------------------------------- "The Intuitionist" By Colson Whitehead Anchor Books/Doubleday, $19.95 -------------------------------
Colson Whitehead's "The Intuitionist" is an impressive debut novel with mythic dimensions. It opens with a captivating scenario and quickly carries along with an enchanting noirish story line.
Lila Mae Watson is a pacesetter. She is the first female black elevator inspector in an unnamed metropolis which is "not an old money city or a new money city but the most famous city in the world." Whitehead's imaginary world divides elevator inspectors into two camps - Empiricists (traditionalists who rely on standard inspection practices) and Intuitionists (non-Euclidean thinkers who communicate with the elevator on a "nonmaterial basis"). Lila Mae is the Intuitionist of the title. She pushes the envelope, separating the "elevator from (its) elevatorness."
But Lila Mae is in trouble. The day after she approves an elevator in the 45-story Fannie Briggs Memorial Building, one of the "boxes on a rope in a pit" takes an improbable freefall. Fortunately, there were no passengers aboard. Unfortunately, Lila Mae has to take the fall for the catastrophic accident. She knows she is not responsible for the failure of the "vertical transport." In order to save her reputation and the reputation of other Intuitionists (whose accuracy rate is 10 percent higher than that of the Empiricists), she needs to find out who is responsible. Her investigation is at the core of this engaging novel.
Whitehead's gift is the uncanny ability to effectively create an intriguing otherworldliness within the reaches of the real world. Lila Mae learned her trade at a former health spa for "rich neurasthenic women from the Northeast's larger cities" that became the Institute for Vertical Transport. While there, she heard whispers of a legendary "black box," the perfect elevator of the future that could reinvent the modern metropolis and become the soul of the city. Empiricists and Intuitionists are both vying to find evidence of this "stepping stone to Heaven."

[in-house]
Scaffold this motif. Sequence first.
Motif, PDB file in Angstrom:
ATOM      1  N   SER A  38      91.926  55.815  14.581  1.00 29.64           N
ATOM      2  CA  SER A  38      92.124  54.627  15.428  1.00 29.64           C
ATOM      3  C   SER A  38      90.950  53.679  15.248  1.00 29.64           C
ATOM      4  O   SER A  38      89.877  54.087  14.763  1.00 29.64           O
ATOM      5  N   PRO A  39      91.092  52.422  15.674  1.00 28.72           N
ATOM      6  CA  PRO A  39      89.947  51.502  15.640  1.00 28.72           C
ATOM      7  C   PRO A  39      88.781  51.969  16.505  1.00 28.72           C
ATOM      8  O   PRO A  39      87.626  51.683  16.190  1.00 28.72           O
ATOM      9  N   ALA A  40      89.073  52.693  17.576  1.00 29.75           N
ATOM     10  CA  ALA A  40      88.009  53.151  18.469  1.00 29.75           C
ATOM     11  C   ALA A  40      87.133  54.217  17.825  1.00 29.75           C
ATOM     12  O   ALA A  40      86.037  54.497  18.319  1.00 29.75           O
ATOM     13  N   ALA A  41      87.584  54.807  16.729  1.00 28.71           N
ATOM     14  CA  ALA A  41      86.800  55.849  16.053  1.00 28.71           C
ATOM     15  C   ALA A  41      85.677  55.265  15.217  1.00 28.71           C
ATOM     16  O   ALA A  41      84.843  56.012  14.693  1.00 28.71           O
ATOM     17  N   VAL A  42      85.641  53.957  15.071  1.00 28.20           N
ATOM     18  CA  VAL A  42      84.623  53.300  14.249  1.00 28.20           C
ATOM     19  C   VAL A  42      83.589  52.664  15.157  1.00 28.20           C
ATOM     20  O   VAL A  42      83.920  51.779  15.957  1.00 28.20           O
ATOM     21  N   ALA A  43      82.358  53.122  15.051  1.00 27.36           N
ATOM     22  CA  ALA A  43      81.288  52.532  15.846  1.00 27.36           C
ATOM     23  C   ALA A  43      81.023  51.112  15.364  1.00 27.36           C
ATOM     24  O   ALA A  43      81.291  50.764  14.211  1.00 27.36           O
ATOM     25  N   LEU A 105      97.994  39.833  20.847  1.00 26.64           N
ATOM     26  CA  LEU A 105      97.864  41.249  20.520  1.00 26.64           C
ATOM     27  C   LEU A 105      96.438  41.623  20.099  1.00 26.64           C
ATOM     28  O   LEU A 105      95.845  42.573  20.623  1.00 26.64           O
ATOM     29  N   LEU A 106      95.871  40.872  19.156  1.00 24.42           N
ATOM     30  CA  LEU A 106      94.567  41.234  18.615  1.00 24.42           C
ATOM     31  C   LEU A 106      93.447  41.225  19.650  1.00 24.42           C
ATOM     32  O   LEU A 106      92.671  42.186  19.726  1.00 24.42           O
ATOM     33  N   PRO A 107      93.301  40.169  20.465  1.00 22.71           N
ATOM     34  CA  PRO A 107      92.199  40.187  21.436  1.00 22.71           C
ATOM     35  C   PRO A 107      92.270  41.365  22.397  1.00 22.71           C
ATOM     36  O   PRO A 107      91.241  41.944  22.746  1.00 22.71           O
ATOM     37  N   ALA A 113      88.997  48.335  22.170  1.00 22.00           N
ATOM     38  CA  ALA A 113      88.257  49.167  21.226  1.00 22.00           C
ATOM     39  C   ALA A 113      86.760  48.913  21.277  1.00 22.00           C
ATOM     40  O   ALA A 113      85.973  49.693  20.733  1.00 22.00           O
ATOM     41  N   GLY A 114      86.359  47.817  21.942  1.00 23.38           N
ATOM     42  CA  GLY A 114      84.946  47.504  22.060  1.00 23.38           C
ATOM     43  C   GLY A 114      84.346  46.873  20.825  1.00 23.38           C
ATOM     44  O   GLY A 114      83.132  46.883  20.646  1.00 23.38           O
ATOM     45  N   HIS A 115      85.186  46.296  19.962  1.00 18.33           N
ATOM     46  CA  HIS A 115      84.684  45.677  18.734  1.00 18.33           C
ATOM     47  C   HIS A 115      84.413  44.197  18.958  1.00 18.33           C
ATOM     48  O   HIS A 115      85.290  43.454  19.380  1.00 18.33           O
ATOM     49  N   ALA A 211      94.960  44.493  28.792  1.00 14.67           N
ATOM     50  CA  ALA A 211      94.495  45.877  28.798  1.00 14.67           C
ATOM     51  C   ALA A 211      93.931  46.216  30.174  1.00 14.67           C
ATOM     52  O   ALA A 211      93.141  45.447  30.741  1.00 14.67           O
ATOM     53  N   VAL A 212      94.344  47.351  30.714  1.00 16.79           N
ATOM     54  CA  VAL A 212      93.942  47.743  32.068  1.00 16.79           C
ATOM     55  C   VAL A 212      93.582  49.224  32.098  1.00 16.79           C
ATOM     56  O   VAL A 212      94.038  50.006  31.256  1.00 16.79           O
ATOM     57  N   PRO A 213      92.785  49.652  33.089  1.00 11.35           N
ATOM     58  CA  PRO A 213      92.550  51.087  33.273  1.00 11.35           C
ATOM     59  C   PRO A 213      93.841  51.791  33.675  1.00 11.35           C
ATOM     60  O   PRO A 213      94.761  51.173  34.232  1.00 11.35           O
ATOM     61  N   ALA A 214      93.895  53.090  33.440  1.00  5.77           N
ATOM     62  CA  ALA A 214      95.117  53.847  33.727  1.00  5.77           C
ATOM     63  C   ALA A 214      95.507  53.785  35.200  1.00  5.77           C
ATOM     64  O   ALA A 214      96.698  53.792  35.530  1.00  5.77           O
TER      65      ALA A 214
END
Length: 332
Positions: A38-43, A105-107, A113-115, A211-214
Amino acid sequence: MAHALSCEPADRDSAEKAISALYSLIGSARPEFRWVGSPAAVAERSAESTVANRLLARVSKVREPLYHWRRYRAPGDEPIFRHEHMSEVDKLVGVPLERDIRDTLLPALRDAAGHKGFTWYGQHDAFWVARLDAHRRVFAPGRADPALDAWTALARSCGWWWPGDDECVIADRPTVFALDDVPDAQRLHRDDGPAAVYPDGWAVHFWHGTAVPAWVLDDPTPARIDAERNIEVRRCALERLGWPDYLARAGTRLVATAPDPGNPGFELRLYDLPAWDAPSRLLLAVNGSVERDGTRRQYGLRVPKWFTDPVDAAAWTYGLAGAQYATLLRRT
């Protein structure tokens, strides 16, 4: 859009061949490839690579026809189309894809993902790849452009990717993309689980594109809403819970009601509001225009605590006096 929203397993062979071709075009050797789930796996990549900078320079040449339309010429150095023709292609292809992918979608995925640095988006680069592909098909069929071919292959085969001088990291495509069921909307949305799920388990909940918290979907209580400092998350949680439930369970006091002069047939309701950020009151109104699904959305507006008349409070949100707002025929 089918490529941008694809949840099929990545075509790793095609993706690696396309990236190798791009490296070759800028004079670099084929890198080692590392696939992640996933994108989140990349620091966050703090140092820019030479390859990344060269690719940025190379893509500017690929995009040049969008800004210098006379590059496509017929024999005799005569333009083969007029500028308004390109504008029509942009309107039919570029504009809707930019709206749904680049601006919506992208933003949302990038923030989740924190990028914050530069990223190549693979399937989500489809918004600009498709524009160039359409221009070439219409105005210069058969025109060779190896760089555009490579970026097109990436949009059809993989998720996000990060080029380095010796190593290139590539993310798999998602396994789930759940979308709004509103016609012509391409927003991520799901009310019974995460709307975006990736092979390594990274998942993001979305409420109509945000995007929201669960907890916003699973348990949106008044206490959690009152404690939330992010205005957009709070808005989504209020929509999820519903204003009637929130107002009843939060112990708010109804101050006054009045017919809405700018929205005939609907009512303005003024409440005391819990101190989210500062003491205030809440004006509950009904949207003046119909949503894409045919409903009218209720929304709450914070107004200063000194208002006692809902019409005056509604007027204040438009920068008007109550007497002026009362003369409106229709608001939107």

Lila Mae suspects political subterfuge is behind the incident at Fannie Briggs. It is an election year for the Elevator Guild. The current Guild Chair is an Empiricist; his opponent, an Intuitionist. If the current Chair can ruin Lila Mae's position, he can ensure his re-election and besmirch future Intuitionists.
As Whitehead unravels the detective elements of the novel, he also facilely incorporates racist issues into his narrative. Lila Mae faces prejudice from her first foot in the door of the Institute. No one lets her forget her color. Even the first black elevator inspector, a rebel Lila Mae suspects as one of the culprits, reminds her that she wouldn't have her job if it hadn't been for him.
Other unforgettable characters inhabit Whitehead's breathtaking environment. Ben Urich is a muckracking journalist who suffers a number of broken fingers at the hands of corporate thugs; Johnny Shush orchestrates a web of mobsters; an Empiricist friend, Chuck, offers comic relief by sharing the "tread secrets" of escalators.
If there is any weakness to this first novel it is that as the conclusion approaches Whitehead begins to lose some steam with the metaphysical nature of the story. Lila Mae's position as "the keeper" of the flame for the cause of the Intuitionists has been apparent from the beginning and is simply endorsed by the ending. Nevertheless, this is a small smudge on an otherwise auspicious debut. The world of "The Intuitionist" is an unforgettable universe cut from whole cloth.